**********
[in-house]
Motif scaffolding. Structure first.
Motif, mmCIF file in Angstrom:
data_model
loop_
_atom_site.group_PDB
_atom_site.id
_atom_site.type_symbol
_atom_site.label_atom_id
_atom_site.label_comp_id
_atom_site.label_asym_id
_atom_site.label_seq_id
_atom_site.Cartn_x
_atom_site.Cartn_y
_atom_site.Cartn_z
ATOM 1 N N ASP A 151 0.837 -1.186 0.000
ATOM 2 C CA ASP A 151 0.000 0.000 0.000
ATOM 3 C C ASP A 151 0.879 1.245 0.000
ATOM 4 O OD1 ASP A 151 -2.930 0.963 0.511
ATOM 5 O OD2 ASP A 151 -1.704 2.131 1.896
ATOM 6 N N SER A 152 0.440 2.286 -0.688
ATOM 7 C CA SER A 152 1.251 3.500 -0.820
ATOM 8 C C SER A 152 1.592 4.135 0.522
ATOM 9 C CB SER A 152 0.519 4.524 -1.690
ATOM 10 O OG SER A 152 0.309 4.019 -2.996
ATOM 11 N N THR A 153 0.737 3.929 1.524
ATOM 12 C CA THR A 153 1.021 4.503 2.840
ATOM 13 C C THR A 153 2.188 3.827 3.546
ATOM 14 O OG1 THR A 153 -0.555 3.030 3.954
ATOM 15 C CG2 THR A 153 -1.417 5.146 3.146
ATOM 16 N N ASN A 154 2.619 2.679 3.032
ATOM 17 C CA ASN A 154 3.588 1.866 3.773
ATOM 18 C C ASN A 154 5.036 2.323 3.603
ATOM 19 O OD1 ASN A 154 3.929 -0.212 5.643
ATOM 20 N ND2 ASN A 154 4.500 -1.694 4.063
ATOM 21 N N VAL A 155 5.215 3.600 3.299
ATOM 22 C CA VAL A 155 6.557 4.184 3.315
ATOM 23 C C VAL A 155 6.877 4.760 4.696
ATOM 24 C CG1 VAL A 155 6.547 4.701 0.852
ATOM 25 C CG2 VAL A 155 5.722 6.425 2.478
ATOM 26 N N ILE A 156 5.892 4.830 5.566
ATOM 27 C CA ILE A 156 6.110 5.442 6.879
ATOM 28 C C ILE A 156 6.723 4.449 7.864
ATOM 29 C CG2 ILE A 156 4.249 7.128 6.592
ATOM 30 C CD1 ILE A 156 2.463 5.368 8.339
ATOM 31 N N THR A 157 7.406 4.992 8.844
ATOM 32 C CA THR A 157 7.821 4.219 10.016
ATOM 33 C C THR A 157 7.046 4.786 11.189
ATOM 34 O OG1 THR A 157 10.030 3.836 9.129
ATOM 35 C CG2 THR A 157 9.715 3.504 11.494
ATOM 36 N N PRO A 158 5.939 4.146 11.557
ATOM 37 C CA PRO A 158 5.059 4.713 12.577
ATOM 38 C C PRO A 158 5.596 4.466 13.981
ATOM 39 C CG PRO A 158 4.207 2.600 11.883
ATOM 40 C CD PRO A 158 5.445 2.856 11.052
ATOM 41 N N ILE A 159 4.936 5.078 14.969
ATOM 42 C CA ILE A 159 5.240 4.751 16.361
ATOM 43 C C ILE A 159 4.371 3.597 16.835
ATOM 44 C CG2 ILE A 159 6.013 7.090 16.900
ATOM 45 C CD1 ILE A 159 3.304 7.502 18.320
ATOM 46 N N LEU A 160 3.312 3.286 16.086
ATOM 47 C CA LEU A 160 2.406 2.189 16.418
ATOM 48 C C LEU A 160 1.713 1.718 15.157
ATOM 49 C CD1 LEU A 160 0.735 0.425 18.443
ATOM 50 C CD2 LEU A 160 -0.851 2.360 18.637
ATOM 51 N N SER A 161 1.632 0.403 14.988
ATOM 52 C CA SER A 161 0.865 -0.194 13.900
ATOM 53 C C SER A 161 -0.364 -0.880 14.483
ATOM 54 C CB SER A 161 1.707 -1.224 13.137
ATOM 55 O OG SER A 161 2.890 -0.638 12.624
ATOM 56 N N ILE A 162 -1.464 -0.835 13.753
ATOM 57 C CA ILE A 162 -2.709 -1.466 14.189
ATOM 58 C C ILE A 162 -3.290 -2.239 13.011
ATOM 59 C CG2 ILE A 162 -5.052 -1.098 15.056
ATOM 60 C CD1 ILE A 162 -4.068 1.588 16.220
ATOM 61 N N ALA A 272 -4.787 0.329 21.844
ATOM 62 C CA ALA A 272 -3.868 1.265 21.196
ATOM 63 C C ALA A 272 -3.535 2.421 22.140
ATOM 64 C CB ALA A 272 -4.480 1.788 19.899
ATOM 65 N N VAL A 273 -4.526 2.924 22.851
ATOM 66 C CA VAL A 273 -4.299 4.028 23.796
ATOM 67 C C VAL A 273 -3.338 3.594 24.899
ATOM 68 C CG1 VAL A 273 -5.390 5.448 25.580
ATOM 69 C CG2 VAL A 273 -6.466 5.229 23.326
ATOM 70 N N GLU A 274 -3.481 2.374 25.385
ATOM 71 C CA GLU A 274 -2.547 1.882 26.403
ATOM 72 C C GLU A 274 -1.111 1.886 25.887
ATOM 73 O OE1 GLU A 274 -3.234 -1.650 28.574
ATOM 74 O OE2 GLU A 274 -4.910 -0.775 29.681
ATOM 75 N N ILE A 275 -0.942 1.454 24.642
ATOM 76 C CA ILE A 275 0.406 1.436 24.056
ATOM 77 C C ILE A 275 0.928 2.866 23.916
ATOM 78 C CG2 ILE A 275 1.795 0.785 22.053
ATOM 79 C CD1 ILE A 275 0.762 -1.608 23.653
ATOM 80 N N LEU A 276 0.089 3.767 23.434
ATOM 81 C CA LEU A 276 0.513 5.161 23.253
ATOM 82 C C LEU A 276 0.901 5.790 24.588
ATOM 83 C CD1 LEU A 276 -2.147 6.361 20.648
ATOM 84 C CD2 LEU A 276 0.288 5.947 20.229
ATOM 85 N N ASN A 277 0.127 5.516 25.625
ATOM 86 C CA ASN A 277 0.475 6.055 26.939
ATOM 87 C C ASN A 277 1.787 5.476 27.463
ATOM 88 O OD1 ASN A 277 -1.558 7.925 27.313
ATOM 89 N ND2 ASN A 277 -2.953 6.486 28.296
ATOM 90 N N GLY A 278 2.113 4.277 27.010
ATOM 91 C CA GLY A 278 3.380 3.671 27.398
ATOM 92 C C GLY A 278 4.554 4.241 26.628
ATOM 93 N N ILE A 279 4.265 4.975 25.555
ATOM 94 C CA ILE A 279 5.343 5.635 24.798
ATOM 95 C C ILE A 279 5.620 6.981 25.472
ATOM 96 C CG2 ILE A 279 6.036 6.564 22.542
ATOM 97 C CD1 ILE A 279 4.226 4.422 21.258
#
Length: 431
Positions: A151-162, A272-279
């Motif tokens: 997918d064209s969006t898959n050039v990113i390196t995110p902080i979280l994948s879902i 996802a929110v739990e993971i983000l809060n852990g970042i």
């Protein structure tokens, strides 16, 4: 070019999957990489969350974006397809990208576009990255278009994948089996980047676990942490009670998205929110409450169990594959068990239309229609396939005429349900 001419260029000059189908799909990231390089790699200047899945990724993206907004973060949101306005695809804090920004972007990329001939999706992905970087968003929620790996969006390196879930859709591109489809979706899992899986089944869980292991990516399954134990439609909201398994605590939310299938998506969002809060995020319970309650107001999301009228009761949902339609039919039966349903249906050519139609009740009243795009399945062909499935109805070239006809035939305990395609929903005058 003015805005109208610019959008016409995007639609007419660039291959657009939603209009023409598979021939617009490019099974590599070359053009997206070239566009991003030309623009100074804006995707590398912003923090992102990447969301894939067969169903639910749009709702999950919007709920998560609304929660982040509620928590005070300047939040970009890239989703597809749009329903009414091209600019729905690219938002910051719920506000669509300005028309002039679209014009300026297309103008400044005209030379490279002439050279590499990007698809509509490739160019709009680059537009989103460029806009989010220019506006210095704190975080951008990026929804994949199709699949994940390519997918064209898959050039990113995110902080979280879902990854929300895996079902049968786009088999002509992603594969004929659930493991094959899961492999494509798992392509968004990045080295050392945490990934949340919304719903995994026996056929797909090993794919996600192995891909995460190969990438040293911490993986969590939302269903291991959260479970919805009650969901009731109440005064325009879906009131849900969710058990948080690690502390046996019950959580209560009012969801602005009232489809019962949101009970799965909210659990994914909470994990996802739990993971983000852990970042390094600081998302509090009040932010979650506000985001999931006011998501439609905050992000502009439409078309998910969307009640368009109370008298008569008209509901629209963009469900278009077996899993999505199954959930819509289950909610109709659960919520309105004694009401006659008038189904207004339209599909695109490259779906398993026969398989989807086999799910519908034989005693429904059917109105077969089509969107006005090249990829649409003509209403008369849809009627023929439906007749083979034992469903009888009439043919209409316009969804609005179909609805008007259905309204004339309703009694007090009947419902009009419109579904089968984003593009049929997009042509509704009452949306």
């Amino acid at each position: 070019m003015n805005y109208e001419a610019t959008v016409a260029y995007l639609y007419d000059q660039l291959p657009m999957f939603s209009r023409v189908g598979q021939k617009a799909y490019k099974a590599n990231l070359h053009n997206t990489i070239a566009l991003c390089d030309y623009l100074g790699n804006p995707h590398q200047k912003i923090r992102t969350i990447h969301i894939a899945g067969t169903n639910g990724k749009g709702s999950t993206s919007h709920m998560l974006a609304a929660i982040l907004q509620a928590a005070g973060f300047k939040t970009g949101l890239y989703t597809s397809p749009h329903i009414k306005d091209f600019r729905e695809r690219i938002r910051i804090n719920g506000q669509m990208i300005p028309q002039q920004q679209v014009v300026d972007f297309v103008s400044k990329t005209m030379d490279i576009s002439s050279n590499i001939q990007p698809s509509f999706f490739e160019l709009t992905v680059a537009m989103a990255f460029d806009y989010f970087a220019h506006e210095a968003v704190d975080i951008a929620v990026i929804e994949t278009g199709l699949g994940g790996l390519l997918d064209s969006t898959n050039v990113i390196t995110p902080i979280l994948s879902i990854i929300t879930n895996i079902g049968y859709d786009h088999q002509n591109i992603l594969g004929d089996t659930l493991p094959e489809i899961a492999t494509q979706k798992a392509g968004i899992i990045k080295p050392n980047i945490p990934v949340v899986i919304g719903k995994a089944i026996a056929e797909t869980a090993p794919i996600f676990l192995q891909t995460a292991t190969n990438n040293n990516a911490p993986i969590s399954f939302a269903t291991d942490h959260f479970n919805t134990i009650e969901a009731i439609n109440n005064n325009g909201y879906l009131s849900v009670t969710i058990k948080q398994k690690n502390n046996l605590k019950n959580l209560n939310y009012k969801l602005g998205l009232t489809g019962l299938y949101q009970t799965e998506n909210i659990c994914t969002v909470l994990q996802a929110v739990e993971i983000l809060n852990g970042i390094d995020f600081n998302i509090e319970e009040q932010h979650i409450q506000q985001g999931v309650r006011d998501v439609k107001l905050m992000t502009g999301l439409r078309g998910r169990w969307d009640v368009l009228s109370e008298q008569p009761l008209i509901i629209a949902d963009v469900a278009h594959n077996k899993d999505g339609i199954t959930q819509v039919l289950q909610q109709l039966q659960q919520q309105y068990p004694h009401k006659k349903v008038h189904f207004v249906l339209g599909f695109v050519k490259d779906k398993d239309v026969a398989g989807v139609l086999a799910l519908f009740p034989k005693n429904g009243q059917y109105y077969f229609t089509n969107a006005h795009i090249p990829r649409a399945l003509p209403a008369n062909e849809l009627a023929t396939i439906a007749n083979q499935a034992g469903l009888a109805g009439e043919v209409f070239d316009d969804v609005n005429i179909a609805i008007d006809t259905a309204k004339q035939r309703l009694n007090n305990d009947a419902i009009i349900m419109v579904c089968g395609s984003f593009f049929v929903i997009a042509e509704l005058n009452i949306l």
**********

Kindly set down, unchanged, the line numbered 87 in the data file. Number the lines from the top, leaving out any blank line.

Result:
ATOM 72 C C GLU A 274 -1.111 1.886 25.887